Adding to the lack o understanding around this risk, many large organizations don’t have a view of all of their SSH keys, who has access to them and how the processes they secure are connected throughout the IT infrastructure. “A few banks are interested in this area, and they go and pull a report [on all of their keys]. They find they have 1.5 million keys, and a lot of different people with access to those keys,” Thompson reports. “They have to map out: what is this app doing? And who does it talk to? One secure shell key could tunnel through multiple networks and applications.”
The study found that only 34% of the organizations involved that use SSH keys can generate reports on how many SSH keys they have in their server environment and what those keys are used for.
Working to map out all of the keys, centralizing management of access to the keys and putting monitoring in place to detect malware is a project that can take years, Thompson warns. But banks that are already keeping track of access to their SSH keys can significantly cut down the time on such a project, he adds.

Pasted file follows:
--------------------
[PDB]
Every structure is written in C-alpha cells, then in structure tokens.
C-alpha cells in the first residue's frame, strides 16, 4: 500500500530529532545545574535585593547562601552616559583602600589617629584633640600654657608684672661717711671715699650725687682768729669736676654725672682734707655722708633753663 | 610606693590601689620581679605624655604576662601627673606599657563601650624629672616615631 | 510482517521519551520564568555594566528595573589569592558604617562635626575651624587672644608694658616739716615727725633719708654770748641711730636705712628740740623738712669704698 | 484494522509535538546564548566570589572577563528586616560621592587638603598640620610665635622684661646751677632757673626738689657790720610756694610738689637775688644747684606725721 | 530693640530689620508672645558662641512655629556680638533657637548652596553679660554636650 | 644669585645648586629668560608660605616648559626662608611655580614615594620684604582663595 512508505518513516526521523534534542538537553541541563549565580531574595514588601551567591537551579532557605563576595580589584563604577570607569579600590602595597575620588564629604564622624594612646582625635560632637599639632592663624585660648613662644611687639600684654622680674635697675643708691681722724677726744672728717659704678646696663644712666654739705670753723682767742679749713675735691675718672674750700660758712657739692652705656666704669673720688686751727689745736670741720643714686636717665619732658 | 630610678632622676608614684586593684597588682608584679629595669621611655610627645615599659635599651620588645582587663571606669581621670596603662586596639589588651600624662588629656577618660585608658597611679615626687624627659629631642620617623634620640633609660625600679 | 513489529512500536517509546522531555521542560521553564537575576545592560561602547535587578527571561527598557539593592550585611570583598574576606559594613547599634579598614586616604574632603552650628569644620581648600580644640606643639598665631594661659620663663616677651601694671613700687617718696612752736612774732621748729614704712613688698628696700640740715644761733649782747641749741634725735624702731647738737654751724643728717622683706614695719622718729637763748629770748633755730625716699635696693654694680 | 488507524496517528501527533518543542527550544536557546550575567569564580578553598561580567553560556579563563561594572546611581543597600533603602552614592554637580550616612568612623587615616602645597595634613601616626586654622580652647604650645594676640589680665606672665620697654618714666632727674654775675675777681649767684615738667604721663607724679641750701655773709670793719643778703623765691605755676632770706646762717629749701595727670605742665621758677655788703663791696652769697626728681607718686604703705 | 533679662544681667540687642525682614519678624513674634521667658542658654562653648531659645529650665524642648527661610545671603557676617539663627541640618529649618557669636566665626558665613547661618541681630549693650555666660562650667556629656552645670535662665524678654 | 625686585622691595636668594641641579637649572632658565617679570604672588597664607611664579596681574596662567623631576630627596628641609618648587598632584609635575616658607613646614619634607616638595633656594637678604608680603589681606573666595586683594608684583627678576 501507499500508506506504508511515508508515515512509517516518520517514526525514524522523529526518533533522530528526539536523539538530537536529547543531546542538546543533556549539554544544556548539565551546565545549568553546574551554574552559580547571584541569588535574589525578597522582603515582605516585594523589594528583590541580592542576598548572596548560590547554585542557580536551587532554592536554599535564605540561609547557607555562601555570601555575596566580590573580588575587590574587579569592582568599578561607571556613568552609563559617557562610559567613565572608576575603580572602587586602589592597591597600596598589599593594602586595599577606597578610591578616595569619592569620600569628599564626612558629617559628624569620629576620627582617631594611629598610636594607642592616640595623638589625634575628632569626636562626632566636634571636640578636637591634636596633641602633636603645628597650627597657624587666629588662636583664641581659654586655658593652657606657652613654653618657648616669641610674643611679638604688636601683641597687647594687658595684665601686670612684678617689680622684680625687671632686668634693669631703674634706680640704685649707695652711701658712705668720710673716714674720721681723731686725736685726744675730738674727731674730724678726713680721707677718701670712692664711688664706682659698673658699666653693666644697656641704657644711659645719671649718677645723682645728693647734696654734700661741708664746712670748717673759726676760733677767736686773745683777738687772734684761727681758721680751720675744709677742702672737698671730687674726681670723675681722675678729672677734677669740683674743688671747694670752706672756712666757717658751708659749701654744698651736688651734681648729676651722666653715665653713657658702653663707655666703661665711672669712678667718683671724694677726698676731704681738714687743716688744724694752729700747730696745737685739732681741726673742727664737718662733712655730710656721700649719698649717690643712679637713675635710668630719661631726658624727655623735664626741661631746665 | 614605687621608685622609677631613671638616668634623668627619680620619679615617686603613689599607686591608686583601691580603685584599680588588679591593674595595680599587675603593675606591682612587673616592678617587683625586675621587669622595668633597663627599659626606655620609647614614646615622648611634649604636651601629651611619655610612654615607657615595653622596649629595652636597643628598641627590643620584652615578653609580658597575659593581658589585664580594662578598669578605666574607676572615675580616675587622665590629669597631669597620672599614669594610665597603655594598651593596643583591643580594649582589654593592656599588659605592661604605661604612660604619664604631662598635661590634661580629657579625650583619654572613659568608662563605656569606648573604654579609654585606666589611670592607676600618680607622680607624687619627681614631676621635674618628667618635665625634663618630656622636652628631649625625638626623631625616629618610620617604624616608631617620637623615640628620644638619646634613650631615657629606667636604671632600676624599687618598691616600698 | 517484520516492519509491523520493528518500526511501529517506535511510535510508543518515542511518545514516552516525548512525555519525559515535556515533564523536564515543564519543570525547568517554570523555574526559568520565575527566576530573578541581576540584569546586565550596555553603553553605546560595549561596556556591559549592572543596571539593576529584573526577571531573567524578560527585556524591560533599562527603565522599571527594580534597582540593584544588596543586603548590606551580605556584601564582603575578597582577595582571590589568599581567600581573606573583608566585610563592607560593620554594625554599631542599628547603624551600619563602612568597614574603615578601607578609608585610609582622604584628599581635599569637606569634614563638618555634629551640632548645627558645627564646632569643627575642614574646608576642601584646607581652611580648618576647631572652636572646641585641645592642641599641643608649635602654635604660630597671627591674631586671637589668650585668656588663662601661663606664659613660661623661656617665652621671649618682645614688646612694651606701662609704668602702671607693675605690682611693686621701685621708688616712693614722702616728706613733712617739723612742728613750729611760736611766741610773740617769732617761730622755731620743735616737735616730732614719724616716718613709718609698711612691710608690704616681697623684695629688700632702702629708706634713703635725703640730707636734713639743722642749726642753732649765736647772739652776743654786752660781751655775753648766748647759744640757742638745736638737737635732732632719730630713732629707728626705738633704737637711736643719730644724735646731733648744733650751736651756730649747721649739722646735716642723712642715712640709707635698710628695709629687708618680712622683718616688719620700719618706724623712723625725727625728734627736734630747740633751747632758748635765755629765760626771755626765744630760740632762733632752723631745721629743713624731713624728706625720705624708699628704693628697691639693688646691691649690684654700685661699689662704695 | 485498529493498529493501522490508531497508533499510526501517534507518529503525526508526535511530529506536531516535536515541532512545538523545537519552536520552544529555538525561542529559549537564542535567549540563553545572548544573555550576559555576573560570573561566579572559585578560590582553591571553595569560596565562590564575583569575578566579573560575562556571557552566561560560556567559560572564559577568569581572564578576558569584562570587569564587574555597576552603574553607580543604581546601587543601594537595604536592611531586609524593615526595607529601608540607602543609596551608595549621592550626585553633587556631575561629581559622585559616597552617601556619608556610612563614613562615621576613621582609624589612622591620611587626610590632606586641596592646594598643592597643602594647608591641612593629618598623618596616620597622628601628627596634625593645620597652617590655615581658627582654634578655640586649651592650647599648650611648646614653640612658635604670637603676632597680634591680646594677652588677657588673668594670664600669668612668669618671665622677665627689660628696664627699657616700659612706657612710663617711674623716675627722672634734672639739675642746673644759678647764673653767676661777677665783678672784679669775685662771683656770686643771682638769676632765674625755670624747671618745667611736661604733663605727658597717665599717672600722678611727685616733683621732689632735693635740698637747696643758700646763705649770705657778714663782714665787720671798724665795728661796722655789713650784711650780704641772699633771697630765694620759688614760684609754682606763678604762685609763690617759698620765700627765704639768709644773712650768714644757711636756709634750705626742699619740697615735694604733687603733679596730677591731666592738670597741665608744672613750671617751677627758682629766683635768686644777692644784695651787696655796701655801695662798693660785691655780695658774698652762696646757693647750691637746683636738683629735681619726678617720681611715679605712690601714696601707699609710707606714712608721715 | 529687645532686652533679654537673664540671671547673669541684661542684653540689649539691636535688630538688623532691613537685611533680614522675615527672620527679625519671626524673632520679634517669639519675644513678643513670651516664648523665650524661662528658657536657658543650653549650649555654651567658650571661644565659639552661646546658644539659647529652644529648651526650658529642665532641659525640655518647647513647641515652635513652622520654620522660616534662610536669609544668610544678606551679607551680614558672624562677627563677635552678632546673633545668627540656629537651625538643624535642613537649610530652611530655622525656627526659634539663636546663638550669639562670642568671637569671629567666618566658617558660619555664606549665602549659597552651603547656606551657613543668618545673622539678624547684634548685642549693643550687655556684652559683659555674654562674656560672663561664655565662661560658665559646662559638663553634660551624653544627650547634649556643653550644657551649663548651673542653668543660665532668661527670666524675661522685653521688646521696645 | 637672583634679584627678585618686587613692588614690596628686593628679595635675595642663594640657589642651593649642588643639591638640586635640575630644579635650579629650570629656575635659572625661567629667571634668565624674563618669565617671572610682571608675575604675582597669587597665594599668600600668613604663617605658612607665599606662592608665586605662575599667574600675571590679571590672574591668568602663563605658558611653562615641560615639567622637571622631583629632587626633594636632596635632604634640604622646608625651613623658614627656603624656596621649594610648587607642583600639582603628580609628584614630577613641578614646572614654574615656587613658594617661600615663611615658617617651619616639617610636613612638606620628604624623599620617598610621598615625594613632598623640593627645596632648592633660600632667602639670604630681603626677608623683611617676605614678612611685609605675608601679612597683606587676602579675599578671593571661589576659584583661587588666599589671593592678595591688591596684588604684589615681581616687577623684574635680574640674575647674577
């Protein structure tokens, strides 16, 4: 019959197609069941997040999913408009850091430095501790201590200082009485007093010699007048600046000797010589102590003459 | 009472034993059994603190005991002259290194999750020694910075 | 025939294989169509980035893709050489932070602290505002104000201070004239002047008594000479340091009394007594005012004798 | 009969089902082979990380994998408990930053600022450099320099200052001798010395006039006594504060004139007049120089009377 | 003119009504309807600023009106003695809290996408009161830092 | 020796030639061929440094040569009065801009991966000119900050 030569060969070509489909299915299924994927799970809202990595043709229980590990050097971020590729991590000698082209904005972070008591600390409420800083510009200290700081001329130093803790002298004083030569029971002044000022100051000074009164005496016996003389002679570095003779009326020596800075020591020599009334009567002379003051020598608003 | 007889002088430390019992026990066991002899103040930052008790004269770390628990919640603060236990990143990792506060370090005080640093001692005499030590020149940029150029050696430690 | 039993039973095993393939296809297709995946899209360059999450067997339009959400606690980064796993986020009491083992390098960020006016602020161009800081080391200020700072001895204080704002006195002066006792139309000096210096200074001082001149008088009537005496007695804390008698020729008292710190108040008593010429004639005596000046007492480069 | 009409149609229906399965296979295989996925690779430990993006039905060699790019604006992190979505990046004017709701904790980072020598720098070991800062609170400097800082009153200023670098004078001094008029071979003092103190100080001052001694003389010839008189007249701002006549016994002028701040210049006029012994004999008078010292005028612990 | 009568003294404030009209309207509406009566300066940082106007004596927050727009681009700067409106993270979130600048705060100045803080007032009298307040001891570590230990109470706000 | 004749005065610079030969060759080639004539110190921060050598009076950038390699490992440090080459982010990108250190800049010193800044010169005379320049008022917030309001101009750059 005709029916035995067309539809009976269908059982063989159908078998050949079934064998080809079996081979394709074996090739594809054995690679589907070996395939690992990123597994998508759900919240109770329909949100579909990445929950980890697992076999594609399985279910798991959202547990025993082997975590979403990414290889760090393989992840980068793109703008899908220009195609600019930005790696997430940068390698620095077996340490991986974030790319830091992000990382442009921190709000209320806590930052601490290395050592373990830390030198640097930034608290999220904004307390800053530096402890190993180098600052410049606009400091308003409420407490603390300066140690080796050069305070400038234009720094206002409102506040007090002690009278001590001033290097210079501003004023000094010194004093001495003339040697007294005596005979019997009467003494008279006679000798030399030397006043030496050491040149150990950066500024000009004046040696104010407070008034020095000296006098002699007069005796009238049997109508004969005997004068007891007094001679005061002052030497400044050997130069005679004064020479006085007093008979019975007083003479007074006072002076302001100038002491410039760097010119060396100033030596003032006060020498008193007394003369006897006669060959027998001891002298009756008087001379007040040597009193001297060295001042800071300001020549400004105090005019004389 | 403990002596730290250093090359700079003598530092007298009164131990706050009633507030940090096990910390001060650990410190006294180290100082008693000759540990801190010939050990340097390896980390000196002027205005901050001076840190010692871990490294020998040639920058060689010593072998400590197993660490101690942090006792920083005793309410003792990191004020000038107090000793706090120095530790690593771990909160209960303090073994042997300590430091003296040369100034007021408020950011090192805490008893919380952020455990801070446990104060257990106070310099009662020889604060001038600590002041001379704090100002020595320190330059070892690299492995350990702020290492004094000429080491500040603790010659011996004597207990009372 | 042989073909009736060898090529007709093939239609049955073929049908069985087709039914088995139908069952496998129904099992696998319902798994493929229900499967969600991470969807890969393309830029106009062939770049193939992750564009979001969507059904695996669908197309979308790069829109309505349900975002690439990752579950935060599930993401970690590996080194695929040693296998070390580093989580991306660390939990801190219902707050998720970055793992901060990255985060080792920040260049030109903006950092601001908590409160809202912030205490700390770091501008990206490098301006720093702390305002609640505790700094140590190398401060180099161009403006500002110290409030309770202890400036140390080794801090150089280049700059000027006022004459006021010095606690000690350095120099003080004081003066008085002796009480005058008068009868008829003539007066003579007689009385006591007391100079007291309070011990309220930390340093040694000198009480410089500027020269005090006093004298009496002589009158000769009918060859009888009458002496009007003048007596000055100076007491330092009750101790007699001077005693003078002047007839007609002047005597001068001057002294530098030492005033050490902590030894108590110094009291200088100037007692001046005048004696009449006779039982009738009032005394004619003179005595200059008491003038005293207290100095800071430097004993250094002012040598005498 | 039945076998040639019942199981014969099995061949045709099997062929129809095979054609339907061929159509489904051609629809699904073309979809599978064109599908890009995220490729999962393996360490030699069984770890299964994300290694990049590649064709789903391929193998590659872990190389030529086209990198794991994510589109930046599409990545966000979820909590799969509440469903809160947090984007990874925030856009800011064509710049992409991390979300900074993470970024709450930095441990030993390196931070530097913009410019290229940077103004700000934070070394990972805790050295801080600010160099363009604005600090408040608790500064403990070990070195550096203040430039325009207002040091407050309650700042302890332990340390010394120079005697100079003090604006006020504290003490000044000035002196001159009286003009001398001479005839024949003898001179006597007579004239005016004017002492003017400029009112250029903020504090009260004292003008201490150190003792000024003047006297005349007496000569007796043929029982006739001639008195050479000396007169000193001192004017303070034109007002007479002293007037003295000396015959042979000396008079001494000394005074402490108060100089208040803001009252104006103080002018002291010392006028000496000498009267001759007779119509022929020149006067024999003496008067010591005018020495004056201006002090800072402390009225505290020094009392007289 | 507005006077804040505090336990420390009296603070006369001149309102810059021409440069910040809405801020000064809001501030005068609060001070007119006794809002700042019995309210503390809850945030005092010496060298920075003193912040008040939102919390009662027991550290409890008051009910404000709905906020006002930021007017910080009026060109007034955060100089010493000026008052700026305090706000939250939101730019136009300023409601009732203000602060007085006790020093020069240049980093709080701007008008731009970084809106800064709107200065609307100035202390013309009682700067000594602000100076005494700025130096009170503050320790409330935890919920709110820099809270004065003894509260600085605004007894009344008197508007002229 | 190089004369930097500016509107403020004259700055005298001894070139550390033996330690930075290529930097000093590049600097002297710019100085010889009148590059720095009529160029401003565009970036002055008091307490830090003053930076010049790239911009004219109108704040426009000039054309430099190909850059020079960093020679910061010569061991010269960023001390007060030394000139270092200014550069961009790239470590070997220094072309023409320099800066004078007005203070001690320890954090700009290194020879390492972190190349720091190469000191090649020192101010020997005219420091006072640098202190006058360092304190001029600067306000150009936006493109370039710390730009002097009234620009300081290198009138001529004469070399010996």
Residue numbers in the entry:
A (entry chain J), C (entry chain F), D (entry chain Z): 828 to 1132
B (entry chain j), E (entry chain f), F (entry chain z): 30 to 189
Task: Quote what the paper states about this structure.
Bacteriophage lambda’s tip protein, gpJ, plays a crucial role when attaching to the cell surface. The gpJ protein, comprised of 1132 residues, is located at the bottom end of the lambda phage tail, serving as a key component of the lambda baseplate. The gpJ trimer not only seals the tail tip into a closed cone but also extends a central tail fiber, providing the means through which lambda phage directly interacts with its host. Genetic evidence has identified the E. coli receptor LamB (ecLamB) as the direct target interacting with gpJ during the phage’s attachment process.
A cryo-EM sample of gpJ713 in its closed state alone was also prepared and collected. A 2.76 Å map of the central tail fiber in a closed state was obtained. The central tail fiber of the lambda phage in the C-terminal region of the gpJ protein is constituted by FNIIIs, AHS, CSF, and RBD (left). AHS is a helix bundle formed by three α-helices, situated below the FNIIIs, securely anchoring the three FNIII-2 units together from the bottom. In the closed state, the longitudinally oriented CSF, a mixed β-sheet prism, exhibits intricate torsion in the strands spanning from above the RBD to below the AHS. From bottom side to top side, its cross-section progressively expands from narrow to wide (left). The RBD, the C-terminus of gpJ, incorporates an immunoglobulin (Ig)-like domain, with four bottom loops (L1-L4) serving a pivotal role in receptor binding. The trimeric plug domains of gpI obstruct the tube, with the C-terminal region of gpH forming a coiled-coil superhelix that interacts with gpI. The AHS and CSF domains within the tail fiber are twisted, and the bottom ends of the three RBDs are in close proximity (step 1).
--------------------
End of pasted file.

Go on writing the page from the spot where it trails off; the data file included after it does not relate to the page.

Jonathan Camhi has been an associate editor with Bank Systems & Technology since 2012. He previously worked as a freelance journalist in New York City covering politics, health and immigration, and has a master's degree from the City University of New York's Graduate School ... View Full Bio